Many years ago search engines were not as “smart” as today. They only returned results that contained the exact words one was looking for, and they couldn’t find forum entries at all, only relatively static sites. In recent years the makers of these search engines realized, that people are not interested in sites like those. They don’t want to find anything about what they entered in the search field, rather they need everything else. So search engines were developed further to make them give us sites that had the search terms inflected differently, divided or written as a single word, or even had similar words, but not those entered, even when they were inserted between quotation marks. The other great innovation of search engines is the inclusion of social activity in the search results. This means that it is almost guaranteed, that when one searches for a technical term, the first 1000 results must be forum messages, tweets or personal sites from social sites.

Thanks to these innovations in search technology, it once again became a challenge to find something useful. This is a good thing, because us programmers love challenge, or we wouldn’t be programming in the first place, right?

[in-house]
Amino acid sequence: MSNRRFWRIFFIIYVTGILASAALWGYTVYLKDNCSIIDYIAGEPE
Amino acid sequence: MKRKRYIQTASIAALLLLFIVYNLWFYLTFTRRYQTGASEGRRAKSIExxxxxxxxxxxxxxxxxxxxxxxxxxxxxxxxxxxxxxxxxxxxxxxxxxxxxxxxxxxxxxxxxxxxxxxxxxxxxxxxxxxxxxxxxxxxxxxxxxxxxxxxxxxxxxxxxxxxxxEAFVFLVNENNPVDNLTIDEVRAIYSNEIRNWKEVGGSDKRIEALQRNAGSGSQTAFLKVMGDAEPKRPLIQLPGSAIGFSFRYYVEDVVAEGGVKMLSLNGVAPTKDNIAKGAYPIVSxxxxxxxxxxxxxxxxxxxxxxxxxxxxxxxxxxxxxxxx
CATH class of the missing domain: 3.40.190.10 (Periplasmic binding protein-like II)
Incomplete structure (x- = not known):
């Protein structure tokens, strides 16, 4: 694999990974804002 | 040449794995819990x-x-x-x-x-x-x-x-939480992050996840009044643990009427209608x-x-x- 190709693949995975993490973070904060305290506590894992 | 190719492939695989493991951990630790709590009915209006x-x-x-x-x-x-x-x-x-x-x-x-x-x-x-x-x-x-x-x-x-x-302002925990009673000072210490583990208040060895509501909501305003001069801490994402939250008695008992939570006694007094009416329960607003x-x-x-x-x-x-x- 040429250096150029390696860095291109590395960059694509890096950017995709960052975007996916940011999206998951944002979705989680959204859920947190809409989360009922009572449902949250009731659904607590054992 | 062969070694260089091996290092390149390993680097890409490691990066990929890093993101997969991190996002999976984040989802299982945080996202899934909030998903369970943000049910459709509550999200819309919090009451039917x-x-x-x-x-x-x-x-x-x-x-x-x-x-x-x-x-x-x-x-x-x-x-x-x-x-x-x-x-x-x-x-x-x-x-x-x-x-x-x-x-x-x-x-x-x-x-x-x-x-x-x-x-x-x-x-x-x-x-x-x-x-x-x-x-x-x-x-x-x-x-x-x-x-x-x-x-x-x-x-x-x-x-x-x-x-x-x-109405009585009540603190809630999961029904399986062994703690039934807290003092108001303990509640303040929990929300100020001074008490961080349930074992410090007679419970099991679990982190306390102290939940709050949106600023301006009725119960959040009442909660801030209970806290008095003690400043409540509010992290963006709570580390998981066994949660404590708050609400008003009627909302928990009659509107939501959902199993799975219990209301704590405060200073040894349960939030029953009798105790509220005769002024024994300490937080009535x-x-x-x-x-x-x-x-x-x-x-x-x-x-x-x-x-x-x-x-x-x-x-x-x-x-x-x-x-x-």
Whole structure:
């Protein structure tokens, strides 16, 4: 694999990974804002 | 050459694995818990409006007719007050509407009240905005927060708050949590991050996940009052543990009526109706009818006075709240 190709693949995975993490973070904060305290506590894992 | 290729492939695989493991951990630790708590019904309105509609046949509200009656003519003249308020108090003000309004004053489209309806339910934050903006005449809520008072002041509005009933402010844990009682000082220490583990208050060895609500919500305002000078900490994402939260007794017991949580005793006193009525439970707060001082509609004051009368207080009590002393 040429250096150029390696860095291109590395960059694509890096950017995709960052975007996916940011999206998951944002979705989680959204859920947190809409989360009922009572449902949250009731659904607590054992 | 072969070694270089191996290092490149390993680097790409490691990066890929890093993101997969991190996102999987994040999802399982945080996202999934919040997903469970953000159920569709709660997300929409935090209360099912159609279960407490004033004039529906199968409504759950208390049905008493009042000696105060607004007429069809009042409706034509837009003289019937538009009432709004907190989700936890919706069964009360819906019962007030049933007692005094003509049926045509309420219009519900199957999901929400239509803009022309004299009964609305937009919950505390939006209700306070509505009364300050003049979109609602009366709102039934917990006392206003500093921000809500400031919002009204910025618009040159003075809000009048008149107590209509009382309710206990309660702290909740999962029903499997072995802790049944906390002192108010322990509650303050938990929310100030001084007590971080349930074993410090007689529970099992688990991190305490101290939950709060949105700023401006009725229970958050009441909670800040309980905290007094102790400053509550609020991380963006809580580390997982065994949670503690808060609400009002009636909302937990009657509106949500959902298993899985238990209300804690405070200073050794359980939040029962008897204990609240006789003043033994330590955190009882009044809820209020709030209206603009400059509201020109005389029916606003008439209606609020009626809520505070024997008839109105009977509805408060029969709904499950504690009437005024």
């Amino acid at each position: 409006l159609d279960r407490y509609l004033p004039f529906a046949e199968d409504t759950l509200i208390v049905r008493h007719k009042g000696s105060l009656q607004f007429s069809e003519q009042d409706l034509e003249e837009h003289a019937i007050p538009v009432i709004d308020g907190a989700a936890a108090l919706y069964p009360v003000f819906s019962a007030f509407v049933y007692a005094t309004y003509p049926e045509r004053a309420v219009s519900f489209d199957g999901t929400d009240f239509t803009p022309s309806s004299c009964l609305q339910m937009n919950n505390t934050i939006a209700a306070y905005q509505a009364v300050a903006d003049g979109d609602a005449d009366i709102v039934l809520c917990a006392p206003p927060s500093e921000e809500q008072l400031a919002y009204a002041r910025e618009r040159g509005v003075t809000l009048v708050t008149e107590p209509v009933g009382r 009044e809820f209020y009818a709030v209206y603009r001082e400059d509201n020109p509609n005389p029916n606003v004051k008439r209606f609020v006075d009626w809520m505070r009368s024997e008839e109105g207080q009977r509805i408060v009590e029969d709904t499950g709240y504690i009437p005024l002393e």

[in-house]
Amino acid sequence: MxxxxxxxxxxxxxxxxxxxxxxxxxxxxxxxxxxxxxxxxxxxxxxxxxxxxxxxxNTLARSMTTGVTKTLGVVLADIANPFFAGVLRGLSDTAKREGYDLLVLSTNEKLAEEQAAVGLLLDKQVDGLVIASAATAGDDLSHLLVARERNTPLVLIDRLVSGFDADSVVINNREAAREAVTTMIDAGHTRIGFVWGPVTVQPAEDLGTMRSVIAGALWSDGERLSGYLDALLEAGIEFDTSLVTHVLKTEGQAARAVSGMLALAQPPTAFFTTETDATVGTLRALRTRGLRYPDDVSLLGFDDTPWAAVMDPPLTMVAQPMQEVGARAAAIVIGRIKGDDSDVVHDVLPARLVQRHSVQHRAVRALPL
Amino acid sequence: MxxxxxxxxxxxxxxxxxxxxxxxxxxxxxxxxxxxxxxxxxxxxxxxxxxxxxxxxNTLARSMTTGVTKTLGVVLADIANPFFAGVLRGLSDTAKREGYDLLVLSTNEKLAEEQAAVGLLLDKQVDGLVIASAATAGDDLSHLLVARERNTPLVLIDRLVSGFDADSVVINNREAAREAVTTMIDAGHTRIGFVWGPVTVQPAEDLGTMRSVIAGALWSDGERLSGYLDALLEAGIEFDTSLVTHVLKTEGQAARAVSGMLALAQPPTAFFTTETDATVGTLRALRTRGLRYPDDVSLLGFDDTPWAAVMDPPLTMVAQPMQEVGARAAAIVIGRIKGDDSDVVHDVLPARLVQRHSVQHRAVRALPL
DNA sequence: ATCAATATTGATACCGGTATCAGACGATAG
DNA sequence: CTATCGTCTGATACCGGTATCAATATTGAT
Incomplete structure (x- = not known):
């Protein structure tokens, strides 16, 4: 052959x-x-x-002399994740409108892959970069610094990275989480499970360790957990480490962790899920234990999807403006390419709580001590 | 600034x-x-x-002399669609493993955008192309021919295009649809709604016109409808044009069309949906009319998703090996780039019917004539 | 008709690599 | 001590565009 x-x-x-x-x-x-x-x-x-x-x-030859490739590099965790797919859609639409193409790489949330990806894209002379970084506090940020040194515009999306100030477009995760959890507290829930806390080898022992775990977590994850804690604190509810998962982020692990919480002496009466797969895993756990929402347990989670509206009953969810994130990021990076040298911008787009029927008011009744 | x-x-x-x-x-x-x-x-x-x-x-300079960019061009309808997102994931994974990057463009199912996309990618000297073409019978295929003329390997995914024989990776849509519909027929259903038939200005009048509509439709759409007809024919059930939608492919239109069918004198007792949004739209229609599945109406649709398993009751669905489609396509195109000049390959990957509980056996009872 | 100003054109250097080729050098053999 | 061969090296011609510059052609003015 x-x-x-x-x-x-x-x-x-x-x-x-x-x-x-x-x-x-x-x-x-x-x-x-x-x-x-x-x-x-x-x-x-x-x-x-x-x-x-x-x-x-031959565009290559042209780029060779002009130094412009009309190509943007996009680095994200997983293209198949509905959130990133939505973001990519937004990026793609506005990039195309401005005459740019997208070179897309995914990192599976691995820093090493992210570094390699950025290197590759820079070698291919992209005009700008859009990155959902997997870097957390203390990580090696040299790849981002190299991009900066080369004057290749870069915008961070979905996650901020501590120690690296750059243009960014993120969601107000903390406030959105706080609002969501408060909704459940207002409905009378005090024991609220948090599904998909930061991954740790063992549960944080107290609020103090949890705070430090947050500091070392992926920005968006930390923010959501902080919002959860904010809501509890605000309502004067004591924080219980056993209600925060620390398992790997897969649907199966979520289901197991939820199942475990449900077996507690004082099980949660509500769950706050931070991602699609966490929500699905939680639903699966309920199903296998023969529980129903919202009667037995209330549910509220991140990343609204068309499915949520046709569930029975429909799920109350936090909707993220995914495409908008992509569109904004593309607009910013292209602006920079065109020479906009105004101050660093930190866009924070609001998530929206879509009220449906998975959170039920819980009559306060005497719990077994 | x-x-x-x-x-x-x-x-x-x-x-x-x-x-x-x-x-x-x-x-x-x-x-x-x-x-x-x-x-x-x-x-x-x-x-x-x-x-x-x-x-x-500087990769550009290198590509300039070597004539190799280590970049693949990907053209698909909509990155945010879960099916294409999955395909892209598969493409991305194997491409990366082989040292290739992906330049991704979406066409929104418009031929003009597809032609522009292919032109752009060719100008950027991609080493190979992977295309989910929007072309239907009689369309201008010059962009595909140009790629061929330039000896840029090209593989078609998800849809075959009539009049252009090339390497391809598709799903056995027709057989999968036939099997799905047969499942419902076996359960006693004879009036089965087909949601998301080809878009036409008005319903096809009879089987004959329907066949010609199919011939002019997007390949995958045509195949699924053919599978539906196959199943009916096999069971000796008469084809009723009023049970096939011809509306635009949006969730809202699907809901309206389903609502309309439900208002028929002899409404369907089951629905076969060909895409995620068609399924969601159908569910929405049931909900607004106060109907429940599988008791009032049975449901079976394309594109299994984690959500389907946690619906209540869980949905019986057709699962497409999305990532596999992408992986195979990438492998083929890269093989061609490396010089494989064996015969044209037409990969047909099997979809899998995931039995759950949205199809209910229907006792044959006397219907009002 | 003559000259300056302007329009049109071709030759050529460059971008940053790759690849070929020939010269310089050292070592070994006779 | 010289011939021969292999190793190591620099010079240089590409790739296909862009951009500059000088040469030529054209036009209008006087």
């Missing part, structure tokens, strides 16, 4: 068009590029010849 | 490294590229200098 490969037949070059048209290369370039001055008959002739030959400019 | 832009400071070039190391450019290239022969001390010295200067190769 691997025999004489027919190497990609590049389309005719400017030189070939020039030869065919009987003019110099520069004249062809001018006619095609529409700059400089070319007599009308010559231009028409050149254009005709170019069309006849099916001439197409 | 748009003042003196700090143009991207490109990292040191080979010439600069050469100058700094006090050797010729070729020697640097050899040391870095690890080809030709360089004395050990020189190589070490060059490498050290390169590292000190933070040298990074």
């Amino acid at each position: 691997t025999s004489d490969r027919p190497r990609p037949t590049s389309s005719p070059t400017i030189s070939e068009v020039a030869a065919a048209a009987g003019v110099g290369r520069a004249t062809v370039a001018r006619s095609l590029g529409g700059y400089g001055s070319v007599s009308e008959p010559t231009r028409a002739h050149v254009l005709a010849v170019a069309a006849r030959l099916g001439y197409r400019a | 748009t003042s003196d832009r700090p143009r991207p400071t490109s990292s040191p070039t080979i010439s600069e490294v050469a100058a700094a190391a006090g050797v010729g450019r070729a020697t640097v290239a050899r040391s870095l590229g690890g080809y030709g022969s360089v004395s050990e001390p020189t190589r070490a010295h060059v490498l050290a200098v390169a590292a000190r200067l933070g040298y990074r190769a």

Q&A sites (question and answer sites, where anyone can ask a question in a given topic and get answers from people all over the world) is among the results, that today’s search engines return trying to pamper us. Of course I have nothing against sites like those. It’s good that so many experts try to be helpful for free. Or at least I thought for first. Unfortunately as it turned out, most of these “experts” don’t know what they are talking about, and don’t want to admit it either. There have been several questions regarding the conversion of Unicode strings to lowercase, all getting the same answers not regarding the needs of the one asking the question.

General Answer #1: converting to lowercase the same way on every system is impossible, because there are languages where the upper/lowercase version of some characters are different than in others.
General Answer #2: why do you even want to do that? We all speak English!
General Answer #3: use the case conversion of [insert any library or function name here]! It’s using the current locale! You don’t want that? Do it anyway!
General Answer #4: use [insert any library]! It does what you need, converts from anything to anything else, with or without using the locale, it’s perfect in every way! Though I have only heard of it. And it uses [some license not compatible with most others]. And you will have to link another 1MB to your exe just because you needed a single function.

Of course this is not the first case when I had to face such helpful answers after a day’s search online, but I had to rant about it. If one is persistent enough, there are really good, helpful answers out there as well, they just have to be found. But it seems that whenever I need an answer for something, it turns out to be one of the rarest problems on earth… Or it’s so simple that everyone knows the solution but me.